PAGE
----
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Radon and the Real Estate Transaction

Given that there are practical and field-tested techniques to address the issue of radon, it does not need to delay or prohibit a real estate transaction from occurring.

The United States Environmental Protection Agency (EPA) has designated January as National Radon Action Month. High levels of radon are prevalent in every state across America. The EPA estimates that approximately 8 million homes throughout the United States have elevated radon levels and that as many as 21,000 lung cancer deaths are attributed to radon each year, the second leading cause of lung cancer. It is considered one of the most dangerous environmental contaminants that can be found in a CRE property. To properly address the questions and concerns that often arise during real estate transactions, while also avoiding potential liability complications, it is vital to engage “environmental professionals” and experienced consultants who hold the requisite radon expertise and knowledge. Given that there are practical and field-tested techniques to address the issue of radon, it does not need to delay or prohibit a real estate transaction from occurring.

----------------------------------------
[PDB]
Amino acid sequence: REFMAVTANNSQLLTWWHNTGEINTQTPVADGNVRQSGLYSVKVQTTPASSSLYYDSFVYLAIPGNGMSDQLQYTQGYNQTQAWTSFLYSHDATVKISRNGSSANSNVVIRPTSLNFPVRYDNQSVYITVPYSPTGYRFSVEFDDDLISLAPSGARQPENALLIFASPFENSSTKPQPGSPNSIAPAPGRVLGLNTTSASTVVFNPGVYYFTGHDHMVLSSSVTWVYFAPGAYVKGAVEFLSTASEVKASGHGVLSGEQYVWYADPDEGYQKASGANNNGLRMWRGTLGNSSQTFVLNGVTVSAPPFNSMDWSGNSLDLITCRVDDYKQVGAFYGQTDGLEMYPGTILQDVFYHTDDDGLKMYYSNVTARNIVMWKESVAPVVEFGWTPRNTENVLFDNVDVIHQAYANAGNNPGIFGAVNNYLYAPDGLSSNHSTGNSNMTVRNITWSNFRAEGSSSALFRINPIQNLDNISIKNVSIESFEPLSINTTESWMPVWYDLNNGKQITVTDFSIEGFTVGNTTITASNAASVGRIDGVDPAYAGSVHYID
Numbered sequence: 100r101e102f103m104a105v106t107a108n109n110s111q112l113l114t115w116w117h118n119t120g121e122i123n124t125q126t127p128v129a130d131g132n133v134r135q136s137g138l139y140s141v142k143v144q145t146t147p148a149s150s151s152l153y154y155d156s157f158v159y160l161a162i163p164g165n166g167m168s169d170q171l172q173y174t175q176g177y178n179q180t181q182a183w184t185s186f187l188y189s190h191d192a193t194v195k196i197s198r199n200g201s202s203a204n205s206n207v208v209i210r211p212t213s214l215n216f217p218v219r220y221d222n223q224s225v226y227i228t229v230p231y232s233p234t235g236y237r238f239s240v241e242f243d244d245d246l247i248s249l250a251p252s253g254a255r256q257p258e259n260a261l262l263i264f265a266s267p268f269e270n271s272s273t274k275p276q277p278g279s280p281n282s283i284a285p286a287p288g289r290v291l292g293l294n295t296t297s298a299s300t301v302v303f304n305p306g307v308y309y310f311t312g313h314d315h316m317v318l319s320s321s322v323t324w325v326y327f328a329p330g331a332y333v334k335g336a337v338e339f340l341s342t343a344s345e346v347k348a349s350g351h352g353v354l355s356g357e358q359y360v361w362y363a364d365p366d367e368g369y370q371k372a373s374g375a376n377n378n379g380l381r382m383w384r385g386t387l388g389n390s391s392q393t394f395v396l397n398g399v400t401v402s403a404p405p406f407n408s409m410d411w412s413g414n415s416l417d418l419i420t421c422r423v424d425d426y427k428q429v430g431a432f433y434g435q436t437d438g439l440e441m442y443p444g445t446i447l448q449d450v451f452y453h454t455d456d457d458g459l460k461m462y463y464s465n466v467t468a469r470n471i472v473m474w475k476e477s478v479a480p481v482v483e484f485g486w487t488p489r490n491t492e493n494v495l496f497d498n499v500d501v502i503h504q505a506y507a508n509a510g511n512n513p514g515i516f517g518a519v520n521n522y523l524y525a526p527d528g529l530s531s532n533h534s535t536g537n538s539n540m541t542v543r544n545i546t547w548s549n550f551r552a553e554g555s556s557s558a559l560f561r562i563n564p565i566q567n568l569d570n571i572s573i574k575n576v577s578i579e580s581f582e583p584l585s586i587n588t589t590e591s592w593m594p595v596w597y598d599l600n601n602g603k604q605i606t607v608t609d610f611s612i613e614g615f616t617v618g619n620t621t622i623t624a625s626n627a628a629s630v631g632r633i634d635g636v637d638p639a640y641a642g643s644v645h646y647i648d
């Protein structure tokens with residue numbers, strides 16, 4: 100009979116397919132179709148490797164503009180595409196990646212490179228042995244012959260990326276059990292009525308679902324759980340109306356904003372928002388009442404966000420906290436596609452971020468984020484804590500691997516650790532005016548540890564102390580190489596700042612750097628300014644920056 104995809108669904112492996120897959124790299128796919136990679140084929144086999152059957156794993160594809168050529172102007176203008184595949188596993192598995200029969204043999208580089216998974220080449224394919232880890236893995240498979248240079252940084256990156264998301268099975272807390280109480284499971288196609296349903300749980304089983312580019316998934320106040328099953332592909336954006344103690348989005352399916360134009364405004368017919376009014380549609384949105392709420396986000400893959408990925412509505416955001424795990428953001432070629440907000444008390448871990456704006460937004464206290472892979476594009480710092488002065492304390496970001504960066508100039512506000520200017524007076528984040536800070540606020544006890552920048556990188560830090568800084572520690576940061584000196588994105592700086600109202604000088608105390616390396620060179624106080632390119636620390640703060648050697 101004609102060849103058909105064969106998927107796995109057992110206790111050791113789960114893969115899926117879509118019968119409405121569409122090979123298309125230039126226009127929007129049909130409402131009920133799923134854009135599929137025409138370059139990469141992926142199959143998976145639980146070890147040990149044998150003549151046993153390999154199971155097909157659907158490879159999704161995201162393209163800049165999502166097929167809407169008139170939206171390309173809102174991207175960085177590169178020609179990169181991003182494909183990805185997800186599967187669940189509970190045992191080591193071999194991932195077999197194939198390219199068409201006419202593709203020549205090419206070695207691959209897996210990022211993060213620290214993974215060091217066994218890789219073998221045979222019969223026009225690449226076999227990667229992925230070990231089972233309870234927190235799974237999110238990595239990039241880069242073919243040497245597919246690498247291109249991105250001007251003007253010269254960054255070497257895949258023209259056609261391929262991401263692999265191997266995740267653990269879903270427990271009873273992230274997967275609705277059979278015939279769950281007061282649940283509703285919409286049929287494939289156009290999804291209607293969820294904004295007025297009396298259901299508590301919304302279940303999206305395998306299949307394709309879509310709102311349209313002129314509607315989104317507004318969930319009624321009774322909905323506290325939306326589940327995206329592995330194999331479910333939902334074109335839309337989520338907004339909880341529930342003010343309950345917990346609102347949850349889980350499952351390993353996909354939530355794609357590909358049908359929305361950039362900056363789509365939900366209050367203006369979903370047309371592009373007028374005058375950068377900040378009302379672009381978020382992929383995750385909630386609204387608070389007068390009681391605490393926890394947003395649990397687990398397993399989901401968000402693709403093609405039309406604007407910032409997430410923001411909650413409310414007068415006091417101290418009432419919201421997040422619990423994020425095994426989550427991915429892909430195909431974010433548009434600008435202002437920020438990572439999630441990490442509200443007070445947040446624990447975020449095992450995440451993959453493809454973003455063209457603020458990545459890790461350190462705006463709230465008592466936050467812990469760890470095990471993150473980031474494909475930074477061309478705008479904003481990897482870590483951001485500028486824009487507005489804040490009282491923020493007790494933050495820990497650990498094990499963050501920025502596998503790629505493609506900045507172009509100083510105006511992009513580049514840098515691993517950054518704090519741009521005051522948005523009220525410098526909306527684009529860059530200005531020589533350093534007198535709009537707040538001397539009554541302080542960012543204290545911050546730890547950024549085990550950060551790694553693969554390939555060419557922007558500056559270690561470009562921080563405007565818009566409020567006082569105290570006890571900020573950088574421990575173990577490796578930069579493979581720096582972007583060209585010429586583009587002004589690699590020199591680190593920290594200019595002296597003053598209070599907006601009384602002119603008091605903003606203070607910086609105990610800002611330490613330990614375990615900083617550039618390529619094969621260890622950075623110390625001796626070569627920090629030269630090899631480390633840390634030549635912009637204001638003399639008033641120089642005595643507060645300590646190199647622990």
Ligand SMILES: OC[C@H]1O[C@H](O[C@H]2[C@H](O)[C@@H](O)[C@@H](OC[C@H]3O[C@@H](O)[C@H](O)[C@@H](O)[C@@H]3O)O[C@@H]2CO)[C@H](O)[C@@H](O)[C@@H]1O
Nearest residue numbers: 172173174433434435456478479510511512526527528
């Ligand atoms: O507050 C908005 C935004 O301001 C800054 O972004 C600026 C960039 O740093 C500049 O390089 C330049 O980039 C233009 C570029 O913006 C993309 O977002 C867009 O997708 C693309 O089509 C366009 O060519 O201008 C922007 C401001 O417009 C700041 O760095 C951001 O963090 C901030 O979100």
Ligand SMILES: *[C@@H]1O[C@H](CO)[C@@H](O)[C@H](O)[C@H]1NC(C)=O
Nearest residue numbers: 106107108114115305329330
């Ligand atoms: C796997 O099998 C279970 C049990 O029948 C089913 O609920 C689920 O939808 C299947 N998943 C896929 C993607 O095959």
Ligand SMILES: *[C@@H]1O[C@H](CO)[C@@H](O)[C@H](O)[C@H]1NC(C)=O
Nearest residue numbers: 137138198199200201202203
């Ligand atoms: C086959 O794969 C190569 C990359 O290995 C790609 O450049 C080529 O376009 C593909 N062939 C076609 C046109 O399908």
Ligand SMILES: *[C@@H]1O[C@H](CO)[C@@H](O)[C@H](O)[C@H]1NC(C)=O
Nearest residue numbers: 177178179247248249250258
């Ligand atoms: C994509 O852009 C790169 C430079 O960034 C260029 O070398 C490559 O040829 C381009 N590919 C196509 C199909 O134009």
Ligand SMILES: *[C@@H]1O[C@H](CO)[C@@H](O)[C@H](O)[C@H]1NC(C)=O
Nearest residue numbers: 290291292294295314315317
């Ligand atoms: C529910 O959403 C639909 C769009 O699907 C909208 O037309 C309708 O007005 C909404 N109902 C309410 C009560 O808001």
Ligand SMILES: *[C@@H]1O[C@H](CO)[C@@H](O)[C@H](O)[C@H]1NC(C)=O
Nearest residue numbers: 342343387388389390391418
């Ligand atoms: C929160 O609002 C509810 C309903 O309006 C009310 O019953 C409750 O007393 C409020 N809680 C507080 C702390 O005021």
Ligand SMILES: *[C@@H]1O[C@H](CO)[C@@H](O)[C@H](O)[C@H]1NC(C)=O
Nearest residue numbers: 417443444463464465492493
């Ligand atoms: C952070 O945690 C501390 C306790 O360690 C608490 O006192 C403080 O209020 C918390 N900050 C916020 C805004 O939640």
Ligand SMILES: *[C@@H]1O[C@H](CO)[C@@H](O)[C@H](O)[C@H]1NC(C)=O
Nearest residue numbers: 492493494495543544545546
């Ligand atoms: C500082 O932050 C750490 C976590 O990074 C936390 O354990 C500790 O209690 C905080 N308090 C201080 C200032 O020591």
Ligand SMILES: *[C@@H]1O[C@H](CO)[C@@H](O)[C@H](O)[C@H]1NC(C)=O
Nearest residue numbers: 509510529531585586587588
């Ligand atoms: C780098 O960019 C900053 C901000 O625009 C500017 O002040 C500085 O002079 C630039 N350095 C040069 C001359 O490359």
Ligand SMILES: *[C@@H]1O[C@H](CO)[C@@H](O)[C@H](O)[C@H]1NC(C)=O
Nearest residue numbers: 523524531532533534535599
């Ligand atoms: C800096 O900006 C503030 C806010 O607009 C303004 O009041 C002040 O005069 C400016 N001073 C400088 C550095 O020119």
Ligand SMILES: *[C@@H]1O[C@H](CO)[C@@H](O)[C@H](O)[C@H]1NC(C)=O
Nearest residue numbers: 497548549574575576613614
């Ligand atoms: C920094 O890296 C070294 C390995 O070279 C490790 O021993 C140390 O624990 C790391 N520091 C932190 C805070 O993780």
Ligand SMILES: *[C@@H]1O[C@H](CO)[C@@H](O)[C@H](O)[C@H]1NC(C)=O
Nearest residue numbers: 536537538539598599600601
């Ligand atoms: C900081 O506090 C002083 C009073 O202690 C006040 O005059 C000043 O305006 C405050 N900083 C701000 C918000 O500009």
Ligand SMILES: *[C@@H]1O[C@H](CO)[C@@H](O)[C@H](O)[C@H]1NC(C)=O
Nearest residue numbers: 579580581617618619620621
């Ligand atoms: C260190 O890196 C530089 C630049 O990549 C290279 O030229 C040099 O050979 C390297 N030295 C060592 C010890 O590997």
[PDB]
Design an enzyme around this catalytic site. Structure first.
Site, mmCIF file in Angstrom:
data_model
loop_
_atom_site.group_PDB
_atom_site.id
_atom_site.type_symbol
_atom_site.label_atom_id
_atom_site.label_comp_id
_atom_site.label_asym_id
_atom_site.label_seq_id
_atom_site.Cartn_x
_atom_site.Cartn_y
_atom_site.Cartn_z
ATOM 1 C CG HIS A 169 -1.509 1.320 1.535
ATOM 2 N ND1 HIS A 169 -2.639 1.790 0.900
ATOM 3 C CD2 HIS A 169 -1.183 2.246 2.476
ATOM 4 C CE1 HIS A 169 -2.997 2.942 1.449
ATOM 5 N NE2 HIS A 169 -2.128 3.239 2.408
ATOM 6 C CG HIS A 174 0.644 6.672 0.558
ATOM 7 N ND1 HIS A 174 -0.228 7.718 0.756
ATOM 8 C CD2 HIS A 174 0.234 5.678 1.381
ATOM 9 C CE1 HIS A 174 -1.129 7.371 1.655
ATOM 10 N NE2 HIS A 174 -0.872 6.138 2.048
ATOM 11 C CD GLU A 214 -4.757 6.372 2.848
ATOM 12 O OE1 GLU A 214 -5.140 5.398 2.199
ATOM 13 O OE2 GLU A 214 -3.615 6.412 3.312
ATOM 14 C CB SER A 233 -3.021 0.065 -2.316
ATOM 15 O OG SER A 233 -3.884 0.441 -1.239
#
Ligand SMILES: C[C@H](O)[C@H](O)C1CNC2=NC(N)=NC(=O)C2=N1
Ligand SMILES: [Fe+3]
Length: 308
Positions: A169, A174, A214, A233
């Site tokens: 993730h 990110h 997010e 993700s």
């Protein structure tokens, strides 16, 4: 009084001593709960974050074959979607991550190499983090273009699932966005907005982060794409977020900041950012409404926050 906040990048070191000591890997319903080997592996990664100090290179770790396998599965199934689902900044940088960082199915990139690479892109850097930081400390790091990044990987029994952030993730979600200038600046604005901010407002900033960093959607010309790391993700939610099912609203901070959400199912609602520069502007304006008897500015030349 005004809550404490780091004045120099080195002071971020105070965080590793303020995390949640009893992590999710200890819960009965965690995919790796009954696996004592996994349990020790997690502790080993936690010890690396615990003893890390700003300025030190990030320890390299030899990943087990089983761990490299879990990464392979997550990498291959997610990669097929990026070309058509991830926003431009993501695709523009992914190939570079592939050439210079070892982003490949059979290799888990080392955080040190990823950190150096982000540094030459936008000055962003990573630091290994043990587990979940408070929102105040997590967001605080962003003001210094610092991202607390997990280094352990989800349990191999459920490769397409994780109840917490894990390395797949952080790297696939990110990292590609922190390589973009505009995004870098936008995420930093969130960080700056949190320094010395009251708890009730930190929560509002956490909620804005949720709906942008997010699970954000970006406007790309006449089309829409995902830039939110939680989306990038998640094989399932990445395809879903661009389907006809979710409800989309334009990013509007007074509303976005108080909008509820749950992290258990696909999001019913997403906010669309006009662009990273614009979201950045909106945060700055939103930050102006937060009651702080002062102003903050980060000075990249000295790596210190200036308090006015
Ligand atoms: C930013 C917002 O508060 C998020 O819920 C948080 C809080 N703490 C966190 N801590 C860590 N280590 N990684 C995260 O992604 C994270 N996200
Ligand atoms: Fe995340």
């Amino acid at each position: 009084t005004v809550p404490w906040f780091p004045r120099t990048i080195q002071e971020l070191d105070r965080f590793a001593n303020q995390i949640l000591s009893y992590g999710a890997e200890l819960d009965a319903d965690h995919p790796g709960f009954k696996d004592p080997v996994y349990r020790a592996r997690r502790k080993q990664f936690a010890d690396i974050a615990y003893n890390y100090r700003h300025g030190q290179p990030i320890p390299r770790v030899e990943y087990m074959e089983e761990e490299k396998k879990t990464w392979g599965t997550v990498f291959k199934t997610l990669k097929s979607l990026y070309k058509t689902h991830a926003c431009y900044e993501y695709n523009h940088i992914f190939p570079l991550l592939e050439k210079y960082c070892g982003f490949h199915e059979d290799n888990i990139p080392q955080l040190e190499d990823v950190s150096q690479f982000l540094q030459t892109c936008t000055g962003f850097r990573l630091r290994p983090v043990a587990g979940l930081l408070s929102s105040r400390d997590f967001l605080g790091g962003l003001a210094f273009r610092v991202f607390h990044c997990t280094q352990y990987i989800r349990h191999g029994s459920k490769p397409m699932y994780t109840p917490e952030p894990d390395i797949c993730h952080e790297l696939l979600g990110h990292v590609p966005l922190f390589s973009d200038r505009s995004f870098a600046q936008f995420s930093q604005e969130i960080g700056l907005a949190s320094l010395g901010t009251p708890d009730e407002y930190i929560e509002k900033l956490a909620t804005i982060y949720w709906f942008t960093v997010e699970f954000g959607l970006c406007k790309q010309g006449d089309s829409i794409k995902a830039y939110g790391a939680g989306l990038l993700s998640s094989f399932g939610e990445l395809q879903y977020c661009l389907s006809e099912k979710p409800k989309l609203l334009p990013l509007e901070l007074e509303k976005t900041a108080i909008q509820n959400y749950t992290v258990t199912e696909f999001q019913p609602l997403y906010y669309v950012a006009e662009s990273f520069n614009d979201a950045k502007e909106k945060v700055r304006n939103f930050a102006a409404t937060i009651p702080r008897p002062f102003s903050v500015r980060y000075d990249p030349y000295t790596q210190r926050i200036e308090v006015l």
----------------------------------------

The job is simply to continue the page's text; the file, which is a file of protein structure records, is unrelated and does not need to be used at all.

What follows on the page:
Approximately 75% of all radon tests occur because of a real estate transaction.

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